"We believe that the Legislature intended to include more than the mere formal act of voting or the formal execution of an official document. Every step of the decision-making process, including the decision itself, is a necessary preliminary to formal action. Formal acts have always been matters of public record and the public has always been made aware of how its officials have voted on an issue. There would be no need for this law if this was all the Legislature intended. Obviously, every thought, as well as every affirmative act of a public official as it relates to and is within the scope of one's official duties is a matter of public concern. It is the entire decision-making process that the Legislature intended to affect by the enactment of this statute" (60 AD 2d 409, 415).
The court also dealt with the characterization of meetings as "informal," stating that:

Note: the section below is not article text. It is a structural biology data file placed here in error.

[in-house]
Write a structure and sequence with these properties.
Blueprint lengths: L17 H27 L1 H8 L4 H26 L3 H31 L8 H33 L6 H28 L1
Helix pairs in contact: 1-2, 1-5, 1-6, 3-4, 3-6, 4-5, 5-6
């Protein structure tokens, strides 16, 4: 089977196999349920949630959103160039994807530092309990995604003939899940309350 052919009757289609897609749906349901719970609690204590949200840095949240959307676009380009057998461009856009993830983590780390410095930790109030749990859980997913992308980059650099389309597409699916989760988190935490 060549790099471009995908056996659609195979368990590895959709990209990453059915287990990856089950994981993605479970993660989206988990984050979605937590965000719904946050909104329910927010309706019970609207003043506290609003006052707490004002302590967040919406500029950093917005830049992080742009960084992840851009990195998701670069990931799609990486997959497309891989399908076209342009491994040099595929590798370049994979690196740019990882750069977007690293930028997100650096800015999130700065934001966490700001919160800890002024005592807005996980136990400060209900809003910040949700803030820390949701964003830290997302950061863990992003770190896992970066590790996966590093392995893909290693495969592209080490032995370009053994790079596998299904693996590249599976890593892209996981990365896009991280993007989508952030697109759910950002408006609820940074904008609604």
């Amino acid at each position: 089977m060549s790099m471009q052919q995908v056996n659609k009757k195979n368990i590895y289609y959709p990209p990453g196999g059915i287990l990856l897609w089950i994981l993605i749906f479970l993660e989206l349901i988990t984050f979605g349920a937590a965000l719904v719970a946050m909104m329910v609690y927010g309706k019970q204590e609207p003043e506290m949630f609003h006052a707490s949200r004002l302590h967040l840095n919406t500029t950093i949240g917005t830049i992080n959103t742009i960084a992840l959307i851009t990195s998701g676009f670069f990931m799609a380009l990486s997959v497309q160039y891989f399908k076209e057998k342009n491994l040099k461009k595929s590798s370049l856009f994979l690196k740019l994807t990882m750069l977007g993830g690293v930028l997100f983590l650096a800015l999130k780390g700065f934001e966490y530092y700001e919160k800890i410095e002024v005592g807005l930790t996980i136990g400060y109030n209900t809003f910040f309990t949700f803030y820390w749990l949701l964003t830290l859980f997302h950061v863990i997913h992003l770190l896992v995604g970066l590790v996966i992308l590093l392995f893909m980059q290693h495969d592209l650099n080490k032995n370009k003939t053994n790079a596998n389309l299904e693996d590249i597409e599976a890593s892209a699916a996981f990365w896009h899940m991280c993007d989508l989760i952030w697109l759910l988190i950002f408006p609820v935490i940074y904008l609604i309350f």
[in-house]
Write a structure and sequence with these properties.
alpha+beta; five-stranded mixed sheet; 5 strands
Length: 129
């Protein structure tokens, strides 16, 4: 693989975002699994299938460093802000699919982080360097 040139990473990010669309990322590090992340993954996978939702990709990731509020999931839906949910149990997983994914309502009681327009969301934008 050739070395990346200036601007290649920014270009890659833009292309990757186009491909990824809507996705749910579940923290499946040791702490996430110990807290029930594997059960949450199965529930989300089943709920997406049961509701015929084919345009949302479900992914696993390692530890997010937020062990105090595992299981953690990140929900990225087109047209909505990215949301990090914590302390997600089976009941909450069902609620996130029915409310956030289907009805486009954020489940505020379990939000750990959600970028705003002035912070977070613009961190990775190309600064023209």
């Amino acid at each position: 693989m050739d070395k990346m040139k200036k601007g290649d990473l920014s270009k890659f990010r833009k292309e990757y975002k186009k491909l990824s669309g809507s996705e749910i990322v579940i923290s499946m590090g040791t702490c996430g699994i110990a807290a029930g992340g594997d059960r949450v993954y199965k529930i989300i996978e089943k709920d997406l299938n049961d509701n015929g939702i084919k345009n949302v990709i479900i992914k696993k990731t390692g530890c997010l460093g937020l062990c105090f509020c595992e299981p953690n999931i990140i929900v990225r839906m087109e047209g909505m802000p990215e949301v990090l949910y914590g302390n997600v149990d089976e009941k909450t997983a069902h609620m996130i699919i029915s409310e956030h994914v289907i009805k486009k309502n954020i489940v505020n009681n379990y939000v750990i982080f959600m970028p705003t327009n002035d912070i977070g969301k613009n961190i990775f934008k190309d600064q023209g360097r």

"The word 'formal' is defined merely as 'following or according with established form, custom, or rule' (Webster's Third New Int. Dictionary). We believe that it was inserted to safeguard the rights of members of a public body to engage in ordinary social transactions, but not to permit the use of this safeguard as a vehicle by which it precludes the application of the law to gatherings which have as their true purpose the discussion of the business of a public body" (id.).
It has also been held that "a planned informal conference" or a "briefing session" during which a quorum of a public body attended and functioned as a body constituted a "meeting" that fell within the coverage of the Open Meetings Law, even though the members were invited to attend by a non-member [see Goodman-Todman v. Kingston, 153 AD2d 103 (1990)].